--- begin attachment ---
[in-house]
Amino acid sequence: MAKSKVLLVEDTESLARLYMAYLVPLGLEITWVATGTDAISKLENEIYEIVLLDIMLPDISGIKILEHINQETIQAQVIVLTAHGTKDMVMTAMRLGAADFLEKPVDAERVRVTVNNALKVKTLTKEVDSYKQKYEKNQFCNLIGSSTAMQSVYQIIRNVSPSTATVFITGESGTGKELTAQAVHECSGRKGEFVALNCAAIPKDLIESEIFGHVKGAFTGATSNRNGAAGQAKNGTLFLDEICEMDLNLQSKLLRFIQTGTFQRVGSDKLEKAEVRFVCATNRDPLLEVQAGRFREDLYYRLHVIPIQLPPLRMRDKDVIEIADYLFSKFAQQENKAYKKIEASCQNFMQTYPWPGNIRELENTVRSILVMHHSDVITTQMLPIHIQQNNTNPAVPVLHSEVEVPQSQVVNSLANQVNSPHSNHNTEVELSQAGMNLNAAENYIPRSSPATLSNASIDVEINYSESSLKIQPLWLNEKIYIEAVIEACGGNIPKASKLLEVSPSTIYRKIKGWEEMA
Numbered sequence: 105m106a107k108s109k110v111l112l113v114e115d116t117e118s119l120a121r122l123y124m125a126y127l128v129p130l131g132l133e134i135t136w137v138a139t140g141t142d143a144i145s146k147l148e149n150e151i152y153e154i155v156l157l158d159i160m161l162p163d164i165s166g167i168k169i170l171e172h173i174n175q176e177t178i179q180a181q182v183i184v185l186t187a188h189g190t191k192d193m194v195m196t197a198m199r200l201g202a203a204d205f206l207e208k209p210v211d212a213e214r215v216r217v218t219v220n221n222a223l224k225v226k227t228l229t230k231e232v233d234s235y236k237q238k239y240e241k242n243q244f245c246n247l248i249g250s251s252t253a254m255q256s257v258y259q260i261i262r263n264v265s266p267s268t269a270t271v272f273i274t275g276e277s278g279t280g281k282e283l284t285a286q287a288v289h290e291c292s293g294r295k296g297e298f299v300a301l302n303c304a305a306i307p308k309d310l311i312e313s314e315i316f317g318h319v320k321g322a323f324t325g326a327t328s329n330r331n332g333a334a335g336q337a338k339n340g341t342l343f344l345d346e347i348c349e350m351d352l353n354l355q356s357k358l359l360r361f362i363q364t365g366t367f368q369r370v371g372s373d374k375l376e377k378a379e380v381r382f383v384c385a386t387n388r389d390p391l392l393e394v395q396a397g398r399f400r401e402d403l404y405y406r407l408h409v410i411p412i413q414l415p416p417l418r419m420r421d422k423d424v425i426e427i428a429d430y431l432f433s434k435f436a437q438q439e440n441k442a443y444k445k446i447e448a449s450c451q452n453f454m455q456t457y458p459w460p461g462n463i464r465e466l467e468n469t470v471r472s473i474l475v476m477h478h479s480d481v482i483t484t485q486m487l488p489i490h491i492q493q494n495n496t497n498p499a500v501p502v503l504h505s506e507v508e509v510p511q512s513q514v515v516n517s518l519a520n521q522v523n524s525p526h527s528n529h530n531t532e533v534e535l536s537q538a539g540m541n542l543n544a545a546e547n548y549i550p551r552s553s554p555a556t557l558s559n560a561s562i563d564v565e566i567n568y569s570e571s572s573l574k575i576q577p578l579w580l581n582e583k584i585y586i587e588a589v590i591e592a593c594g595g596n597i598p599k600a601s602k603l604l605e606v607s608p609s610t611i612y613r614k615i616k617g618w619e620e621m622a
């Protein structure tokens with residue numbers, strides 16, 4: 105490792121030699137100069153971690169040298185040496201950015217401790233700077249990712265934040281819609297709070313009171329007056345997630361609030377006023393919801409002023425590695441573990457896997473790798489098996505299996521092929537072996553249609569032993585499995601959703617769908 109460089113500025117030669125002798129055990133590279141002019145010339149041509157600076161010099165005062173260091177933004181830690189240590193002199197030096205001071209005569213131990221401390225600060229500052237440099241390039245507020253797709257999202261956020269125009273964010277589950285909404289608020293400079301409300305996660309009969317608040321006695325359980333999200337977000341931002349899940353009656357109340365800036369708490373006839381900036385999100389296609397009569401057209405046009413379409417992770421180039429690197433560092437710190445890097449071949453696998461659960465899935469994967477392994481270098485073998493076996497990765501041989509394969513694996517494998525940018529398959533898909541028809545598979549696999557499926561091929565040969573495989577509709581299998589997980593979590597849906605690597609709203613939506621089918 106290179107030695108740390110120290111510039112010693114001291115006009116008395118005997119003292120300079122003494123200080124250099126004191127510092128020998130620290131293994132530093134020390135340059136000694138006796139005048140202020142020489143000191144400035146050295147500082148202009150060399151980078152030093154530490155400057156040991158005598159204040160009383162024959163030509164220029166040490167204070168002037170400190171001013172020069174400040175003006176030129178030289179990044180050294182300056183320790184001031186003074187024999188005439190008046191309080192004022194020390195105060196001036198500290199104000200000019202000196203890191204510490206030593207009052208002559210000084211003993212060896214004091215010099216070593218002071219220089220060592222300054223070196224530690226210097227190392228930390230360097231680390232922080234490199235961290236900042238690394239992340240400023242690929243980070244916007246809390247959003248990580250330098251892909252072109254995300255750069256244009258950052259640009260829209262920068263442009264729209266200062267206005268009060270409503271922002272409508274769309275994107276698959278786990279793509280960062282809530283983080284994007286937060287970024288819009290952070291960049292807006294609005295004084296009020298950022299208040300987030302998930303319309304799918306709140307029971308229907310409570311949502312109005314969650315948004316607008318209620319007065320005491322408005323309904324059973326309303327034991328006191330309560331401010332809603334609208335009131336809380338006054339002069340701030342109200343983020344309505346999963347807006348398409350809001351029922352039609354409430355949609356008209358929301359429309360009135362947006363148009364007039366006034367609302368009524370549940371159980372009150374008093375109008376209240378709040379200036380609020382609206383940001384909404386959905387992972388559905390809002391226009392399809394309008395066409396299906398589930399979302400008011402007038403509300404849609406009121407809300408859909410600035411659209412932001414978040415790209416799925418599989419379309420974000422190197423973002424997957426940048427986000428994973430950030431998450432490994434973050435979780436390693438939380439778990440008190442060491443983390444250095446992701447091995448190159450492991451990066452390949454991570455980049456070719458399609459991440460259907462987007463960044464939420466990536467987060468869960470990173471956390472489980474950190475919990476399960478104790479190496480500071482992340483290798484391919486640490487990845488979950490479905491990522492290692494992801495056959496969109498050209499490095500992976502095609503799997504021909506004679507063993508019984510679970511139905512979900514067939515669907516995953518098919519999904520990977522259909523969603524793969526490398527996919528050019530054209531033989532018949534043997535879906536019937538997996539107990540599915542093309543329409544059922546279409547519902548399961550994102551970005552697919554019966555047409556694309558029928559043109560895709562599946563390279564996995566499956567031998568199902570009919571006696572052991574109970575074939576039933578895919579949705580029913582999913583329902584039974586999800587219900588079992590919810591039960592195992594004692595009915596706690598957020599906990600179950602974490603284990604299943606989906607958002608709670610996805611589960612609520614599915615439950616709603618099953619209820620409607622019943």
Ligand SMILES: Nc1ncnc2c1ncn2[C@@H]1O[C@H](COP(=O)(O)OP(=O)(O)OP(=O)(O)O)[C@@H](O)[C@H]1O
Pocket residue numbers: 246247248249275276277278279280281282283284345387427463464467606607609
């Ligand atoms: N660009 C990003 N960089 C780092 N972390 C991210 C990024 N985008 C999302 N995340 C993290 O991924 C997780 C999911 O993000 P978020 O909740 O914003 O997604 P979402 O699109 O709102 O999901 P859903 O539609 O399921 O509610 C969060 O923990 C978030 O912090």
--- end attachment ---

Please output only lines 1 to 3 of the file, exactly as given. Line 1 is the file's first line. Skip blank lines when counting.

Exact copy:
[in-house]
Amino acid sequence: MAKSKVLLVEDTESLARLYMAYLVPLGLEITWVATGTDAISKLENEIYEIVLLDIMLPDISGIKILEHINQETIQAQVIVLTAHGTKDMVMTAMRLGAADFLEKPVDAERVRVTVNNALKVKTLTKEVDSYKQKYEKNQFCNLIGSSTAMQSVYQIIRNVSPSTATVFITGESGTGKELTAQAVHECSGRKGEFVALNCAAIPKDLIESEIFGHVKGAFTGATSNRNGAAGQAKNGTLFLDEICEMDLNLQSKLLRFIQTGTFQRVGSDKLEKAEVRFVCATNRDPLLEVQAGRFREDLYYRLHVIPIQLPPLRMRDKDVIEIADYLFSKFAQQENKAYKKIEASCQNFMQTYPWPGNIRELENTVRSILVMHHSDVITTQMLPIHIQQNNTNPAVPVLHSEVEVPQSQVVNSLANQVNSPHSNHNTEVELSQAGMNLNAAENYIPRSSPATLSNASIDVEINYSESSLKIQPLWLNEKIYIEAVIEACGGNIPKASKLLEVSPSTIYRKIKGWEEMA
Numbered sequence: 105m106a107k108s109k110v111l112l113v114e115d116t117e118s119l120a121r122l123y124m125a126y127l128v129p130l131g132l133e134i135t136w137v138a139t140g141t142d143a144i145s146k147l148e149n150e151i152y153e154i155v156l157l158d159i160m161l162p163d164i165s166g167i168k169i170l171e172h173i174n175q176e177t178i179q180a181q182v183i184v185l186t187a188h189g190t191k192d193m194v195m196t197a198m199r200l201g202a203a204d205f206l207e208k209p210v211d212a213e214r215v216r217v218t219v220n221n222a223l224k225v226k227t228l229t230k231e232v233d234s235y236k237q238k239y240e241k242n243q244f245c246n247l248i249g250s251s252t253a254m255q256s257v258y259q260i261i262r263n264v265s266p267s268t269a270t271v272f273i274t275g276e277s278g279t280g281k282e283l284t285a286q287a288v289h290e291c292s293g294r295k296g297e298f299v300a301l302n303c304a305a306i307p308k309d310l311i312e313s314e315i316f317g318h319v320k321g322a323f324t325g326a327t328s329n330r331n332g333a334a335g336q337a338k339n340g341t342l343f344l345d346e347i348c349e350m351d352l353n354l355q356s357k358l359l360r361f362i363q364t365g366t367f368q369r370v371g372s373d374k375l376e377k378a379e380v381r382f383v384c385a386t387n388r389d390p391l392l393e394v395q396a397g398r399f400r401e402d403l404y405y406r407l408h409v410i411p412i413q414l415p416p417l418r419m420r421d422k423d424v425i426e427i428a429d430y431l432f433s434k435f436a437q438q439e440n441k442a443y444k445k446i447e448a449s450c451q452n453f454m455q456t457y458p459w460p461g462n463i464r465e466l467e468n469t470v471r472s473i474l475v476m477h478h479s480d481v482i483t484t485q486m487l488p489i490h491i492q493q494n495n496t497n498p499a500v501p502v503l504h505s506e507v508e509v510p511q512s513q514v515v516n517s518l519a520n521q522v523n524s525p526h527s528n529h530n531t532e533v534e535l536s537q538a539g540m541n542l543n544a545a546e547n548y549i550p551r552s553s554p555a556t557l558s559n560a561s562i563d564v565e566i567n568y569s570e571s572s573l574k575i576q577p578l579w580l581n582e583k584i585y586i587e588a589v590i591e592a593c594g595g596n597i598p599k600a601s602k603l604l605e606v607s608p609s610t611i612y613r614k615i616k617g618w619e620e621m622a